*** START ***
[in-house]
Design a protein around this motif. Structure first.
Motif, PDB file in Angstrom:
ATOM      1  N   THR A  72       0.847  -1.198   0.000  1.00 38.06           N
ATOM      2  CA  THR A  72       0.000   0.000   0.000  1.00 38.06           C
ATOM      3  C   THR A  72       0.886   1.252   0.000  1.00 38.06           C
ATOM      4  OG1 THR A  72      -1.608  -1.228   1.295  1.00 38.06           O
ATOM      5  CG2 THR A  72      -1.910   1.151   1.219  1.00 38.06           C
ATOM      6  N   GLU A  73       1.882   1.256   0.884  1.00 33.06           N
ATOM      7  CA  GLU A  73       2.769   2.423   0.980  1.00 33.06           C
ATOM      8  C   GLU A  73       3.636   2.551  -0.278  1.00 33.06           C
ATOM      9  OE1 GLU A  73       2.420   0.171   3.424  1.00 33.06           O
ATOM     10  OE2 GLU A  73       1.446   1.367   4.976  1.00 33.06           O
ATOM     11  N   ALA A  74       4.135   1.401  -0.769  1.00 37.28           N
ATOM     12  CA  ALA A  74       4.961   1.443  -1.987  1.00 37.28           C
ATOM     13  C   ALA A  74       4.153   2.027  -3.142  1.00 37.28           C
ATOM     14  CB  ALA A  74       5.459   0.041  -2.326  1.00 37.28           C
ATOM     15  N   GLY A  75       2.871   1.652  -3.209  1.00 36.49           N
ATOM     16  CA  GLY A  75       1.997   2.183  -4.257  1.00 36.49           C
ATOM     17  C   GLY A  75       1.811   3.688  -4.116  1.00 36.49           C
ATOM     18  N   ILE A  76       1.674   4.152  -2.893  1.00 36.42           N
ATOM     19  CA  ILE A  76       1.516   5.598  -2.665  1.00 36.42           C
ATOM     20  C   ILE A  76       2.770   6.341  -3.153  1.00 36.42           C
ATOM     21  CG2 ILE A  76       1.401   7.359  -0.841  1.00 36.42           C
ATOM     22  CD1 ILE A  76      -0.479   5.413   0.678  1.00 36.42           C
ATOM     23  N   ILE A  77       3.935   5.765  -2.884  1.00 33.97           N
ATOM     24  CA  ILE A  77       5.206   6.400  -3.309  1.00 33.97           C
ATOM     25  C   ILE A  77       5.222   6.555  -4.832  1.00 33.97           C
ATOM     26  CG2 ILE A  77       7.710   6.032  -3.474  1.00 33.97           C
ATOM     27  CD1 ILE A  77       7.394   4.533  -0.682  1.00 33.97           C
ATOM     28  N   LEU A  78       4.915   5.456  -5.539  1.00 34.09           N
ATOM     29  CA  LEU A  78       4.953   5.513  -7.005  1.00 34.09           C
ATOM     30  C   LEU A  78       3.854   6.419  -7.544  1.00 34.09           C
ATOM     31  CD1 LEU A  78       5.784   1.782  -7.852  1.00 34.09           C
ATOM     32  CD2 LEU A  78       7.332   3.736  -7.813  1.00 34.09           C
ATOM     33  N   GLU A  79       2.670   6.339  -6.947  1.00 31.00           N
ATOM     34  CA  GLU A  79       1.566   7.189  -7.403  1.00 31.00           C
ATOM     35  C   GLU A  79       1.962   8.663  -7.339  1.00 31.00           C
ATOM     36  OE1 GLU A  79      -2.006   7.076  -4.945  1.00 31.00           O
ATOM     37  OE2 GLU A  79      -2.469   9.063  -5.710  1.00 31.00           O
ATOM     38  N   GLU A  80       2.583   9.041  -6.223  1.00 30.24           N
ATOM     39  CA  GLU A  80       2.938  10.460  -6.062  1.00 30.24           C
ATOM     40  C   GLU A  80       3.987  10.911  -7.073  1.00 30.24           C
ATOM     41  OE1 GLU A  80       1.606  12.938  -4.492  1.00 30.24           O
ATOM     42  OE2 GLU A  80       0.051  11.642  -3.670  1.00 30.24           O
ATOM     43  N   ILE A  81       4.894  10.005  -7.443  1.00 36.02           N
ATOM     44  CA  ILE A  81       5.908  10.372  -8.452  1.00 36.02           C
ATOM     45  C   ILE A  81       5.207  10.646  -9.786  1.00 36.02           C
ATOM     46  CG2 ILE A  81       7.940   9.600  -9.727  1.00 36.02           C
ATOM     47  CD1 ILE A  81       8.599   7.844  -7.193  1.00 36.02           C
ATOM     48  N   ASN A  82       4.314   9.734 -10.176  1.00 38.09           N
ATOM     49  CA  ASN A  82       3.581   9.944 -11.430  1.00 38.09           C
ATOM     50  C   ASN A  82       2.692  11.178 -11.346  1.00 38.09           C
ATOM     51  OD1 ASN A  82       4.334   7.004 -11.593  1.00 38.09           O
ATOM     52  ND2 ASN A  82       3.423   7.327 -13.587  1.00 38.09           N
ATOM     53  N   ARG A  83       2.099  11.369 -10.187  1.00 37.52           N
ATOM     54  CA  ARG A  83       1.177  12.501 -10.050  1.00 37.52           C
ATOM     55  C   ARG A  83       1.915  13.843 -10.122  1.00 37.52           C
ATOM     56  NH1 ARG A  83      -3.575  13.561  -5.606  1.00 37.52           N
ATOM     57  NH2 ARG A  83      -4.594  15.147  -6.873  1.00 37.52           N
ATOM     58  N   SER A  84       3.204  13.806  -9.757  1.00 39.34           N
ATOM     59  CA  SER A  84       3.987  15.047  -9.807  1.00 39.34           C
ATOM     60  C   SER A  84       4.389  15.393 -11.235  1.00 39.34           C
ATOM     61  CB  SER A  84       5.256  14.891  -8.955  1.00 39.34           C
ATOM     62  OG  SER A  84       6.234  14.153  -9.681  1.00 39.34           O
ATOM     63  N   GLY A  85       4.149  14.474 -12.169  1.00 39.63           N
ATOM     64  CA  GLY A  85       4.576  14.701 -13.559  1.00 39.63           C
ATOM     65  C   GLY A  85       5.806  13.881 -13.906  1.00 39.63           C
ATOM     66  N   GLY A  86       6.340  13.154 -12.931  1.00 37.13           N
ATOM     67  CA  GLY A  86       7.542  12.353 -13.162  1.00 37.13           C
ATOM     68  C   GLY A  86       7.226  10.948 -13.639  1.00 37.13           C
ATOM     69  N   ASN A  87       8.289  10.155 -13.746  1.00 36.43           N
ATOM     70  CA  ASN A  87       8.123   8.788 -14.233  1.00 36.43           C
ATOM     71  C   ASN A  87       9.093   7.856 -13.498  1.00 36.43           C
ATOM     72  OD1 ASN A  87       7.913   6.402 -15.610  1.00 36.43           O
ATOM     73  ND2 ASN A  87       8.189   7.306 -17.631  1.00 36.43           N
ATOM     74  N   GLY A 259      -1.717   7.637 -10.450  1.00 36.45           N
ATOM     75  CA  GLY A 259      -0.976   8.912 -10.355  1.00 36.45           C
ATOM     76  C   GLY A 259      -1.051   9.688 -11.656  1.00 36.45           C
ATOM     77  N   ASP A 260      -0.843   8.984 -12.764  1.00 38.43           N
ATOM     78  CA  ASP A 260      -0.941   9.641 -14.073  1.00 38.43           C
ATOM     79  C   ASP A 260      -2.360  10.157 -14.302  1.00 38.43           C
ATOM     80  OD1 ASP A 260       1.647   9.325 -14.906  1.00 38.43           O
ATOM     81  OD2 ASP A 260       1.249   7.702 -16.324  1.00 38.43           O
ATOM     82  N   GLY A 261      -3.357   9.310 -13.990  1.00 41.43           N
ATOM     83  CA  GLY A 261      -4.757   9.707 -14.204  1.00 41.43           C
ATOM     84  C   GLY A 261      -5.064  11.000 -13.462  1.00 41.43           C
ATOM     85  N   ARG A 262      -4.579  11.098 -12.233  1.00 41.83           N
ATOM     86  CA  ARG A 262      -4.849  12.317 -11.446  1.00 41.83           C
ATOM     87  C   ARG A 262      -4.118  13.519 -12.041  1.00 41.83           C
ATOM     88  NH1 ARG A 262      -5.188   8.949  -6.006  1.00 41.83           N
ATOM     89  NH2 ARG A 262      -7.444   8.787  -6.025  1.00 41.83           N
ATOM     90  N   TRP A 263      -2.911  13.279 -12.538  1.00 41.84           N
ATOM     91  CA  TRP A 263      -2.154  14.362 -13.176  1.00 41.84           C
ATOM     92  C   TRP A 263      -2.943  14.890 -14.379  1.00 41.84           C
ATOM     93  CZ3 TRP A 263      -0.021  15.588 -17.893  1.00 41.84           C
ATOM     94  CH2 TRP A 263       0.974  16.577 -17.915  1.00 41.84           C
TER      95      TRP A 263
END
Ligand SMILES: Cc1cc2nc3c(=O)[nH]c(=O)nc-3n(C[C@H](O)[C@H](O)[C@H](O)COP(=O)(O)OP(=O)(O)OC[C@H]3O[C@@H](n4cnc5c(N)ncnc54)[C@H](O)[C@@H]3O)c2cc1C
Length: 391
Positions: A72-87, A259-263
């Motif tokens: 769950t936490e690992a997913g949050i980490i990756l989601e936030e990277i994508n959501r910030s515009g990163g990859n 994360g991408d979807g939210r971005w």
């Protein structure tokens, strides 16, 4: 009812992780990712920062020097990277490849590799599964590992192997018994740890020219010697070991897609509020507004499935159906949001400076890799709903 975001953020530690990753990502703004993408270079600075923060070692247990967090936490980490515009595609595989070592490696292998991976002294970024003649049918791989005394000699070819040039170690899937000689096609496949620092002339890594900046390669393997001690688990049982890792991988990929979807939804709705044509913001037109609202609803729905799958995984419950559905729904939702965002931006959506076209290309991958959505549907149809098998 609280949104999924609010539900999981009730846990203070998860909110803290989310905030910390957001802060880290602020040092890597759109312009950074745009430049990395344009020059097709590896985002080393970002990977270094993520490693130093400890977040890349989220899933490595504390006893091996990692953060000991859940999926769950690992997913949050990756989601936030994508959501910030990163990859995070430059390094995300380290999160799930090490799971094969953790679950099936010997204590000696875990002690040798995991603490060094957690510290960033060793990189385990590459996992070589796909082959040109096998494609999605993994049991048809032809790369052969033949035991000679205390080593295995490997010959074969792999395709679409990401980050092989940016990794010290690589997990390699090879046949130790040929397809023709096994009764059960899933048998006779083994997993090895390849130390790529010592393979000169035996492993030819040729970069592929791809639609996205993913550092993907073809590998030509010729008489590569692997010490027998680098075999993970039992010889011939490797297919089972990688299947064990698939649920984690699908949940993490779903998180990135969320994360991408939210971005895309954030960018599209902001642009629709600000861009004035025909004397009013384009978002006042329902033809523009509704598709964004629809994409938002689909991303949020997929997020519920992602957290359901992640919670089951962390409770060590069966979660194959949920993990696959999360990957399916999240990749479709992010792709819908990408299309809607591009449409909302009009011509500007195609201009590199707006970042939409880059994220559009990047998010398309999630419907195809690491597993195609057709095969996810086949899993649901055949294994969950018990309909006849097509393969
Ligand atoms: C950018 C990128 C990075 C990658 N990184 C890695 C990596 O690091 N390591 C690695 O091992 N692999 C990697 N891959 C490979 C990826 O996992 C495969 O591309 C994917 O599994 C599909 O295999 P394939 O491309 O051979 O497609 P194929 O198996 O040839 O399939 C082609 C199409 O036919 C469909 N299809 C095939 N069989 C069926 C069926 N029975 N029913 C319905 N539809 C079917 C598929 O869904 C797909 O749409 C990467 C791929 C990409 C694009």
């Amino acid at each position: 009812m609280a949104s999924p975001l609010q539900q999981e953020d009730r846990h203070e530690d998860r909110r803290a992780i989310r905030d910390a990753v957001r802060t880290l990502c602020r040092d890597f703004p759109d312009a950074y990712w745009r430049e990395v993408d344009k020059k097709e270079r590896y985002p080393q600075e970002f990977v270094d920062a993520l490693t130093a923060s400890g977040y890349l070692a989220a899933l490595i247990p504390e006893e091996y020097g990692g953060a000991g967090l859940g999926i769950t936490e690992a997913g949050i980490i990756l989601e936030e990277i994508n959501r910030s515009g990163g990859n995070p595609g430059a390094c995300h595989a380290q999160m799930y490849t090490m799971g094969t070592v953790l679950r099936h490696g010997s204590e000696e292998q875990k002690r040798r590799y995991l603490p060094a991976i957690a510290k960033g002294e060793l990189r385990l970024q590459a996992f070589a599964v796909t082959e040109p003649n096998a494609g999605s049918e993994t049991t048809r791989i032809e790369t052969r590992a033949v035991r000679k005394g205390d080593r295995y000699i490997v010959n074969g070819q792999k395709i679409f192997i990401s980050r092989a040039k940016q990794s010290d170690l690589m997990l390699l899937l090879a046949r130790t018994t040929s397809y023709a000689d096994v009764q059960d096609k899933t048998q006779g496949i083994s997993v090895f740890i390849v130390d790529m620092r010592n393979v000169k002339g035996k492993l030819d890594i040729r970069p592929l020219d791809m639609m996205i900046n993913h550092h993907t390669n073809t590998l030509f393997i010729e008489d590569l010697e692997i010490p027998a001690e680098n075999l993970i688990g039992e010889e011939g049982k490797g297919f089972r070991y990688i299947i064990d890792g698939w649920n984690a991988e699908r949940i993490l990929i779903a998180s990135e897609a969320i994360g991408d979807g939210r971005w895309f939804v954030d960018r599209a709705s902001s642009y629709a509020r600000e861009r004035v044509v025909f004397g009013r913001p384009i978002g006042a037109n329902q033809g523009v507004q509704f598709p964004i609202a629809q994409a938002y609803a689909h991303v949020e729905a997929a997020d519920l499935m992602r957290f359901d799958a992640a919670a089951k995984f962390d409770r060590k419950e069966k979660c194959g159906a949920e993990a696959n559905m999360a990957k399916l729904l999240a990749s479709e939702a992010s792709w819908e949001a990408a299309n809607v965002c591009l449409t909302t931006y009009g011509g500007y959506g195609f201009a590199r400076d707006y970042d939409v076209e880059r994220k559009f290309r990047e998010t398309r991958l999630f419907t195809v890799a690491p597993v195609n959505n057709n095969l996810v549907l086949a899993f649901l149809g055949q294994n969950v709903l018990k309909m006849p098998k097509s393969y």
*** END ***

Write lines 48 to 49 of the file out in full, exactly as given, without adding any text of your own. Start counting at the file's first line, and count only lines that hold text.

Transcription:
ATOM     45  C   ILE A  81       5.207  10.646  -9.786  1.00 36.02           C
ATOM     46  CG2 ILE A  81       7.940   9.600  -9.727  1.00 36.02           C